# Onsager theory

The Onsager theory for the isotropic-nematic phase transition was developed by Lars Onsager (Ref. 1). In a 3-dimensional gas of hard rods there are two contributions to the entropy: a part due to translation and a part due to orientation. These two contributions are coupled. From the point of view of the translational component of the entropy, a parallel configuration of the rods is favored. This is because the excluded volume is effectively zero. However, from an orientational point of view a gas of perfectly aligned rods is a very low entropy configuration.

At very low densities the orientational term wins, i.e. there is very little gain in entropy to be made by reducing the excluded volume via parallel alignments. However, at very high densities it is clear that a perfectly aligned system is the most favorable. Thus at some point a transition must take place between the isotropic and nematic phases.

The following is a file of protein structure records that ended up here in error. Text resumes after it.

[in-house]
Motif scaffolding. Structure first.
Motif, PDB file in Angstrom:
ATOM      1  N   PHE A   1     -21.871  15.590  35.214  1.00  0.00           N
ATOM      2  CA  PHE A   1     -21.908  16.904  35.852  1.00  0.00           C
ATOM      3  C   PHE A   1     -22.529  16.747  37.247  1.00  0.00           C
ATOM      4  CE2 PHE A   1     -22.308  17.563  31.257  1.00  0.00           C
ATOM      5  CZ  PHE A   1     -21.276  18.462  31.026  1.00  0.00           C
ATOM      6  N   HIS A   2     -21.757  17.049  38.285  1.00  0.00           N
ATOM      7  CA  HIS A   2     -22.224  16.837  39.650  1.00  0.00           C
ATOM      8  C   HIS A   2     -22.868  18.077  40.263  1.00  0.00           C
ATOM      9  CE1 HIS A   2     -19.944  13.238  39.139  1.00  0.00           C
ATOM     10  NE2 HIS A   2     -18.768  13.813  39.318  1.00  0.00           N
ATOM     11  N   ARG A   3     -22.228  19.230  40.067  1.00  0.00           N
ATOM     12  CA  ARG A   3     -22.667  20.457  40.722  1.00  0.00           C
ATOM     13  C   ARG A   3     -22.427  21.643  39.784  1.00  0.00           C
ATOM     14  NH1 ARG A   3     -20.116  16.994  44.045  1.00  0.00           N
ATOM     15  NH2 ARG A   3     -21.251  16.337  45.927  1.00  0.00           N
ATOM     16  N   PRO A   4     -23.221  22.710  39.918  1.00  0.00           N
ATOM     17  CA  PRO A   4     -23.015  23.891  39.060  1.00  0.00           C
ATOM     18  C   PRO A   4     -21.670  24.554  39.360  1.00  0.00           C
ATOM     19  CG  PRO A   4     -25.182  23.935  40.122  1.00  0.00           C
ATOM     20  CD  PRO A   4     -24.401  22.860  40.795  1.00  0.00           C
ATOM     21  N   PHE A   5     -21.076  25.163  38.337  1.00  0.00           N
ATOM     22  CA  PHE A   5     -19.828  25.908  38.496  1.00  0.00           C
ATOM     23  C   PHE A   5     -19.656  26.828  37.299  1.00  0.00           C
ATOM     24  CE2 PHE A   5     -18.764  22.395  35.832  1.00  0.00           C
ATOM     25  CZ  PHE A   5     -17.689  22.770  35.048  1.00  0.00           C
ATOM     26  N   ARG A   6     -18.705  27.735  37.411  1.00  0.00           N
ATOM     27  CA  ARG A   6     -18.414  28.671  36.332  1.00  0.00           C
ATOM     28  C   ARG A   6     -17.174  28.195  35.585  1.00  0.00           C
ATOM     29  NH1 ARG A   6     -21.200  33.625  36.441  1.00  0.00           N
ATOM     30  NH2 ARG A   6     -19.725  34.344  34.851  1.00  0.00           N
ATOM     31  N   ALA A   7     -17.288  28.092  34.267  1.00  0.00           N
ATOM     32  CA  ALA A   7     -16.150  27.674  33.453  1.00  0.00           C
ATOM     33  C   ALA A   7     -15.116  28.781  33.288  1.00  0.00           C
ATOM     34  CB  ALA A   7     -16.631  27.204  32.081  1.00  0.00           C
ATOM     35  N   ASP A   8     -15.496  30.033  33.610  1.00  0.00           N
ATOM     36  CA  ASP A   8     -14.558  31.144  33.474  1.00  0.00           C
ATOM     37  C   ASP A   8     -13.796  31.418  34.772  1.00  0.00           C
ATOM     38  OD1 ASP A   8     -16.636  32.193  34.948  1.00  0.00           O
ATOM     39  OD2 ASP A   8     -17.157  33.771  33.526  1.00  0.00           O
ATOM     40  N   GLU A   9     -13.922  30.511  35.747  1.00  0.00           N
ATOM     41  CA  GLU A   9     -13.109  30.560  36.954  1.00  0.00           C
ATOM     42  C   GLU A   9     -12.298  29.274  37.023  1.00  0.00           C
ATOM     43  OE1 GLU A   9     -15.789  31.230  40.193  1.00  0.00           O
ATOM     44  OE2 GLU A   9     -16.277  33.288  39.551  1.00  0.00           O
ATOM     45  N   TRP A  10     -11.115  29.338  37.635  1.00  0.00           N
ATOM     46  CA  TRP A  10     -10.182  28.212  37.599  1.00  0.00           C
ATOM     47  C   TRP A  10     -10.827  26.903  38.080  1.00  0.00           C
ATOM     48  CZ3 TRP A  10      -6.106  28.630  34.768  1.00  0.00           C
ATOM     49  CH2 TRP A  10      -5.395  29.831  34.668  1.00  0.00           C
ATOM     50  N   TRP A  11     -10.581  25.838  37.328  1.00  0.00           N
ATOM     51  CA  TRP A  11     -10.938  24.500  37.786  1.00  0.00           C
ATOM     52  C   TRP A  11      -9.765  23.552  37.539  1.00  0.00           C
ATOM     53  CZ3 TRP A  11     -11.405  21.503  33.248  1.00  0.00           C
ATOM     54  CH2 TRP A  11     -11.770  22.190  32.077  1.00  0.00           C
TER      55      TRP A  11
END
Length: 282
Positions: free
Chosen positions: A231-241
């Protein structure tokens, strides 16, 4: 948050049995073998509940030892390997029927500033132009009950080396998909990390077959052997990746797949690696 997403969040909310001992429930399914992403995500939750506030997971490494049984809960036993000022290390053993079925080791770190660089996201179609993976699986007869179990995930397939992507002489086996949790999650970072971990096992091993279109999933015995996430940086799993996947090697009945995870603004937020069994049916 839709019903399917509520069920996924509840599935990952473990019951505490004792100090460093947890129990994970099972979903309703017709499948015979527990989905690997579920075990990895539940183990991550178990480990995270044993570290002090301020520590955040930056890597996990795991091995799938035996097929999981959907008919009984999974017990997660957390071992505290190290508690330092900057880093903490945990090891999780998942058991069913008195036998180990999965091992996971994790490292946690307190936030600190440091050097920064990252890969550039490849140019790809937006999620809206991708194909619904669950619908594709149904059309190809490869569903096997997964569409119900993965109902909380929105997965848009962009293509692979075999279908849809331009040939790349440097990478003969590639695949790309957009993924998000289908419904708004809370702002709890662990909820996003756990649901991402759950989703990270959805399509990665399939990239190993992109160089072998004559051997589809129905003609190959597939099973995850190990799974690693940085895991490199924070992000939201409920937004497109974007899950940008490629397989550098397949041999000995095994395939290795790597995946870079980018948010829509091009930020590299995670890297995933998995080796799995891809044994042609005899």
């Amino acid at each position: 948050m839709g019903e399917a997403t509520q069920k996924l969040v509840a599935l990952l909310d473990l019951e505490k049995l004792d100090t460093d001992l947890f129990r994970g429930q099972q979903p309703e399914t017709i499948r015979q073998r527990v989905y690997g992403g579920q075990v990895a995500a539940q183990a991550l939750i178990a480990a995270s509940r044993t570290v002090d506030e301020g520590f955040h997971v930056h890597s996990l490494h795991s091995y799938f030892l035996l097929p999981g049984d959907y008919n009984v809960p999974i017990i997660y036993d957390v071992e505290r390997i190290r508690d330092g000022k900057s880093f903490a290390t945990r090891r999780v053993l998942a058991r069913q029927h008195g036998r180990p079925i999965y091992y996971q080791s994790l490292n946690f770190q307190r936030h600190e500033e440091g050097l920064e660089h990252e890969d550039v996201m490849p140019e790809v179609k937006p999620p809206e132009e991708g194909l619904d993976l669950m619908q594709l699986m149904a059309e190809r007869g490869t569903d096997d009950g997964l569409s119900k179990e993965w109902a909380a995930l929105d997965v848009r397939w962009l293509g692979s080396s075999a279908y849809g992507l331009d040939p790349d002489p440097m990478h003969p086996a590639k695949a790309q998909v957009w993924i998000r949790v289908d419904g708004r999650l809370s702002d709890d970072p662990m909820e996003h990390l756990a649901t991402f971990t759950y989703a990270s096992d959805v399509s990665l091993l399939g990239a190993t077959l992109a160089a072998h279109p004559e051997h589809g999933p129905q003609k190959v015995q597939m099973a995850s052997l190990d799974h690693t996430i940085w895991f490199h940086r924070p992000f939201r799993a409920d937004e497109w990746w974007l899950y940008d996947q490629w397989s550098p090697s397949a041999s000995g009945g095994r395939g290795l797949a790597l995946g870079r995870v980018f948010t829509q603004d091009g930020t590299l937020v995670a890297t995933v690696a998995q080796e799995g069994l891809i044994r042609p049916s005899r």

## Onsager equations $\frac{1}{N} \ln Z (\{N_a\}, N, V, k_BT) = -\ln \eta \lambda^3 \rho ~- \int f(\Omega) \ln f(\Omega) d\Omega ~- \frac{\rho}{2}\iint f(\Omega) f(\Omega') V^{\rm excluded} (\Omega - \Omega') d\Omega d\Omega'$

The second term on the right hand side is the contribution due to orientational entropy, and the third term is the effect of the excluded volume. One also has $\ln f(\Omega) +1 + \nu + \rho\int f(\Omega')V^{\rm excluded} (\Omega - \Omega') d\Omega' = 0$.

These are the Onsager equations.